The bond market flashed a major recession warning sign as the yield curve inverted this week. Meanwhile, Trump whipsawed markets when he appeared to blink in the never-ending trade war with China. That made for an interesting week for gold. In this week’s Friday Gold Wrap podcast, host Mike Maharrey breaks down the events of the last few days and their impact on precious metals. He also remembers an important day in history that went mostly unnoticed in the mainstream.
The yield on the 10-year Treasury fell below the yield on the 2-year for the first time in 12 years, stoking recession fears and tanking stock markets.
Yield curve inversions have preceded all nine recessions since 1955. This was the first time the 10-year Treasury yield has dropped below the 2-year yield since June 2007 – the cusp of the Great Recession.
Bond prices have spiked and yields have fallen in the last several weeks. Investors are beginning to see a recession on the horizon and they are pouring into Treasurys believing they will provide a safe haven. In his most recent podcast, Peter said bond buyers are right about the looming recession, but they are making the wrong bet.
Peter Schiff has said a recession is a done deal. Since he made that comment, we’ve seen more and more signs of a looming economic downturn. On Friday, we got another. The yield curve inverted, historically a sign of a looming recession.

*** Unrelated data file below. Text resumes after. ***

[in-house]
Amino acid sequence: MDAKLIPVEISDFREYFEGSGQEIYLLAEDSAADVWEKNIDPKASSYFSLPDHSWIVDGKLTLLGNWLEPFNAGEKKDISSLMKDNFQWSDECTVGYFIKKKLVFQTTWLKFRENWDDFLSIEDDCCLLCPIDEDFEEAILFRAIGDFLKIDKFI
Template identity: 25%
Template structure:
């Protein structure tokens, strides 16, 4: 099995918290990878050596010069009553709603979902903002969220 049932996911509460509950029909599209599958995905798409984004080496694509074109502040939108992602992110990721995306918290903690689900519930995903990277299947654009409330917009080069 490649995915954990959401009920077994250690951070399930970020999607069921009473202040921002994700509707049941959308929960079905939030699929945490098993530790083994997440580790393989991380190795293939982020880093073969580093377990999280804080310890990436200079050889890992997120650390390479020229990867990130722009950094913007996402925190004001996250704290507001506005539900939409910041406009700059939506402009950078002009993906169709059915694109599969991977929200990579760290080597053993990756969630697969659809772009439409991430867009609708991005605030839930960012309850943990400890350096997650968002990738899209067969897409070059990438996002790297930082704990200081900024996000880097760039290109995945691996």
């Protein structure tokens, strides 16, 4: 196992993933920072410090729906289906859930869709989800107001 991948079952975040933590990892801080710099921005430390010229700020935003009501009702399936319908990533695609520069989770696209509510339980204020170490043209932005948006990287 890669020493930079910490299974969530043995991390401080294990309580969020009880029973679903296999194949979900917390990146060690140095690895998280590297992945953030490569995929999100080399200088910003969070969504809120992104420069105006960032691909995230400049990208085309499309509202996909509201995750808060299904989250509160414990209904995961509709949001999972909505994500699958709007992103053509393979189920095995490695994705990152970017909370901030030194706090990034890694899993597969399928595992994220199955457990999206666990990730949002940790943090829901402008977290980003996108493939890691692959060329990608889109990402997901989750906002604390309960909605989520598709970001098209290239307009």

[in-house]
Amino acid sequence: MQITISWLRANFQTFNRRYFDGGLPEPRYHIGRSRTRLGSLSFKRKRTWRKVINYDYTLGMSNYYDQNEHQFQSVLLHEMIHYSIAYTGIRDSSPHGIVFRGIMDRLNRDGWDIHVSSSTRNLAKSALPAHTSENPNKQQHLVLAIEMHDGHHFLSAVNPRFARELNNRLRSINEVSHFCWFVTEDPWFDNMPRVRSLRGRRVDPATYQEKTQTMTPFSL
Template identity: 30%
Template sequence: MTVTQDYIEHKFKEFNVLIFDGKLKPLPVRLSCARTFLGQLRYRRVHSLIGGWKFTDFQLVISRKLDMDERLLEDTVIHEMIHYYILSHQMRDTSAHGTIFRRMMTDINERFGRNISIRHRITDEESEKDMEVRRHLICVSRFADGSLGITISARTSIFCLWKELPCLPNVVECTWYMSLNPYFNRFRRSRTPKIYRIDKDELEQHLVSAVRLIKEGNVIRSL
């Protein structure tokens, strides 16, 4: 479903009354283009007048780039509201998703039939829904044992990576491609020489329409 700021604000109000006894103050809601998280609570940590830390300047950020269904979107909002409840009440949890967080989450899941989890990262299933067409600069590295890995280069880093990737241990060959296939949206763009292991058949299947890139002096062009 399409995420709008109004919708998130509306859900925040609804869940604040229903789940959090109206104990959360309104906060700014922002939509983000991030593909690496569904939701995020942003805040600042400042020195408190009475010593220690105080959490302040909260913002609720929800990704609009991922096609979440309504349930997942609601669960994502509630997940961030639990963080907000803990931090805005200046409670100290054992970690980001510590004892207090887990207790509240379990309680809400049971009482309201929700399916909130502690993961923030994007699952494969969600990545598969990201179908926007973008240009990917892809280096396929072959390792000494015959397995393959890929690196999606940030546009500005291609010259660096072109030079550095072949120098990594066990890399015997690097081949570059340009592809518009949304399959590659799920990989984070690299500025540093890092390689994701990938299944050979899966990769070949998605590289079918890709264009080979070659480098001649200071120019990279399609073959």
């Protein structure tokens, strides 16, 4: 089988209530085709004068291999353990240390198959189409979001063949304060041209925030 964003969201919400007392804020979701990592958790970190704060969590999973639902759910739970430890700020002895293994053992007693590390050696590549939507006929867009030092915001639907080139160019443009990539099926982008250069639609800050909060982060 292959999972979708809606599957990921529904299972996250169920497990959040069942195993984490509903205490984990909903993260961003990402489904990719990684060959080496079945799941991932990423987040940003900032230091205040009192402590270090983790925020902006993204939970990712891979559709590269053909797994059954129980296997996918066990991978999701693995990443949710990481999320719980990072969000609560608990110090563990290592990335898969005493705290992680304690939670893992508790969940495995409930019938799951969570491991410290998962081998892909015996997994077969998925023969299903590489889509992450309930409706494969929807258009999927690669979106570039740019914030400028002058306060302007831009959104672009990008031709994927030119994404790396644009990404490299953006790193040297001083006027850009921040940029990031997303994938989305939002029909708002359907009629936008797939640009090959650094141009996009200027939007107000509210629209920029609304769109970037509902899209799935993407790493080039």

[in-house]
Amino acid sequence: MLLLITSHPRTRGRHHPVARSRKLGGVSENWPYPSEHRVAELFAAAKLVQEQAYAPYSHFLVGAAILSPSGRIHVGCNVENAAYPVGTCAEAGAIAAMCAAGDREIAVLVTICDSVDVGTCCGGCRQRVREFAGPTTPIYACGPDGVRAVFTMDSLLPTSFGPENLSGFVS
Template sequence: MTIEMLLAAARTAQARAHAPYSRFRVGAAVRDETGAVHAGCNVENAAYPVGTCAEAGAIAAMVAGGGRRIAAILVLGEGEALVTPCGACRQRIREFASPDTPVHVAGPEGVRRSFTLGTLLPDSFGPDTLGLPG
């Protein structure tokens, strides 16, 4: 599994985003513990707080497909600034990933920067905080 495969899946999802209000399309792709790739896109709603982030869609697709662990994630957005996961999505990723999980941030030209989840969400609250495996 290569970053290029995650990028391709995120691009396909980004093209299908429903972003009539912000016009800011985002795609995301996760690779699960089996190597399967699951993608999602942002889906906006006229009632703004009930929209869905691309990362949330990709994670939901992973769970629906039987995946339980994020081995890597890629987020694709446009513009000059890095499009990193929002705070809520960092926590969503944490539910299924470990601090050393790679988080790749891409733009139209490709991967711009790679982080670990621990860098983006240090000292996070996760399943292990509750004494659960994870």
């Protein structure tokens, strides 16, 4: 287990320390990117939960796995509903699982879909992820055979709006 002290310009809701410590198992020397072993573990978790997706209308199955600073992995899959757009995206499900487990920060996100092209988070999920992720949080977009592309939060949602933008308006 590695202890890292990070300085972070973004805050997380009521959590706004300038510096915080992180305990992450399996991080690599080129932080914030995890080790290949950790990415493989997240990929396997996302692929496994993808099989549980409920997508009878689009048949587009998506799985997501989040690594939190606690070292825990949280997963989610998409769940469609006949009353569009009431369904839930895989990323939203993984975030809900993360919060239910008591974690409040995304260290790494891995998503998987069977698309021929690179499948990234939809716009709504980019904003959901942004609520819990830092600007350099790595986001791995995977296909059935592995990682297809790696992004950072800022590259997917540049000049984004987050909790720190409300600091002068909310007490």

The yield on 10-year Treasurys fell below the yield on 3-year bonds for the first time since 2007 – the cusp of the Great Recession.
Last month, we reported that the global yield curve inverted, signaling the possibility of a looming recession. While narrowing to levels not seen since right before the 2008 financial crisis, the yield curve has not inverted in the US. In his most recent podcast, Peter Schiff said he doesn’t think it’s going to happen. He said we may even see a steepening yield curve in the coming months. But this is not because there’s not going to be a recession.
The economy is strong!
Or so the mainstream financial talking heads tell use every day.
Meanwhile, one of the best predictors of a looming inflation is flashing red.
The yield curve between the two and 10-year Treasuries narrowed to around 34 basis points this week. That’s the lowest level since 2007 – right before the financial crisis. Even more troubling, the global yield curve has inverted for the first time since 2007.
There are some troubling signs for the economy in the bond market. Yield curves are going flat.
On Wednesday, the yield curve from 5 to 30 year bonds flattened to as little as 29 basis points. That represents the narrowest spread since 2007. The yield curve between 2-year and 10-year Treasuries also narrowed, touching 41 basis points, also the smallest gap since before the financial crisis. Investors extending to 10 years from 7 pick up just 4.3 basis points, less than a quarter of what they got a year ago, according to Bloomberg.
So, what does this mean?